January 17, 2020
After Claiming Zero U.S. Casualties In Iran Attack, Pentagon Now Says 11 Suffered 'Traumatic Brain Injury'

After Iran launched a missile attack on two military bases in Iraq housing U.S. troops on January 8, the Pentagon, as well as Donald Trump, quickly claimed that the strikes had inflicted zero American casualties. In fact, just hours after the missile attacks, Trump took to Twitter to claim "All is well!" and "So far, so good!"

But on Thursday, eight days after the missile attacks, the Pentagon admitted that 11 U.S. service members were, in fact, hurt in the attack, each hospitalized for "traumatic brain injury," according to a report by the military news site Defense One.

The Iranians launched the strikes as retaliation for the assassination of top Iran military leader Qassem Soleimani, an assassination that was personally ordered by Trump.

"Iran appears to be standing down, which is a good thing for all parties concerned and a very good thing for the world," Trump announced in a White House statement the morning following the attacks, as quoted by CNN.

"As previously stated, while no U.S. service members were killed in the Jan. 8 Iranian attack on Al Asad Air base, several were treated for concussion symptoms from the blast and are still being assessed," the Pentagon said in a statement on Thursday, as quoted by Defense One.

Donald Trump gives a press conference.
Getty Images | Win McNamee
Donald Trump speaks about the Iran missile attacks on January 8.

U.S. officials have come to believe that Iran did not intend the missile attacks to kill Americans, a belief that appeared to be confirmed by a top Iranian official last week, according to CNN.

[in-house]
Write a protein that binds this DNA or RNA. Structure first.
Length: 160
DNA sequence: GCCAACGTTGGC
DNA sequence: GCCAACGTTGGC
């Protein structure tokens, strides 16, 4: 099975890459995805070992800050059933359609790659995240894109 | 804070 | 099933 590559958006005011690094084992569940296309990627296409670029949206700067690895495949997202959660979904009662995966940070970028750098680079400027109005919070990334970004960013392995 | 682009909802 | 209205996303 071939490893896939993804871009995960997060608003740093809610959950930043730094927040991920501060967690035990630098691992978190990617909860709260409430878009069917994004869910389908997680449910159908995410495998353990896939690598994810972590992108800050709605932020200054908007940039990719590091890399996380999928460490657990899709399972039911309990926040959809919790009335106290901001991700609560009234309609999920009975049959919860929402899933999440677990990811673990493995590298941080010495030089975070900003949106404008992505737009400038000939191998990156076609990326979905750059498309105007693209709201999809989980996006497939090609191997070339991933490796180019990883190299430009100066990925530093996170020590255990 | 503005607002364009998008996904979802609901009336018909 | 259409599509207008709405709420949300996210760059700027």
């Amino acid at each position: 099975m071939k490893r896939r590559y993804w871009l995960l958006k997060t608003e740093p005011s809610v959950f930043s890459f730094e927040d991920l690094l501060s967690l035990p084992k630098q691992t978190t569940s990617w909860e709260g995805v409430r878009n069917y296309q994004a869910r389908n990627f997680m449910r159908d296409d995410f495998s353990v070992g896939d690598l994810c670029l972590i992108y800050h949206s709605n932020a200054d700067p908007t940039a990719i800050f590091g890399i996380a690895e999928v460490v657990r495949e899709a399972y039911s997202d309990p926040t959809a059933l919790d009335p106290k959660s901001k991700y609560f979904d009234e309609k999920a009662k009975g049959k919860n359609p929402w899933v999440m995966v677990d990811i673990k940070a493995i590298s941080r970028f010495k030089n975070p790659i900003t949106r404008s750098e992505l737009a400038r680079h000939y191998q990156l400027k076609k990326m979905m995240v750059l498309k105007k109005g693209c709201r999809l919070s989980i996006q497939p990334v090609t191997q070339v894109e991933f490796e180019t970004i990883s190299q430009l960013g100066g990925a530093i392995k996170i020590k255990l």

"We do not consider a high number of casualties as an instrumental element in our calculations," Iranian Ambassador Majid Takht-Ravanchi said in a CNN interview.

But one expert said that the new reports of U.S. injuries show that Iran was indeed "trying to kill Americans."

On his Twitter account, Ilan Goldenberg, the Middle East Security Director at the Center for a New American Security, wrote that the U.S. was "lucky" that the missile strikes did not claim any American lives.

"We came very very very close to a major war with Iran last week," Goldenberg wrote, adding that it was "at least partially dumb luck" that a major war did not break out as a result of the Soleimani assassination and the resulting retaliatory attack by Iran.

The Defense Department said in a statement that some of the 11 injured troops were transported to a hospital in Germany to recover from their brain injuries, while the remainder were taken to Camp Arifjan, a U.S. military base in Kuwait, according to the Defense One report.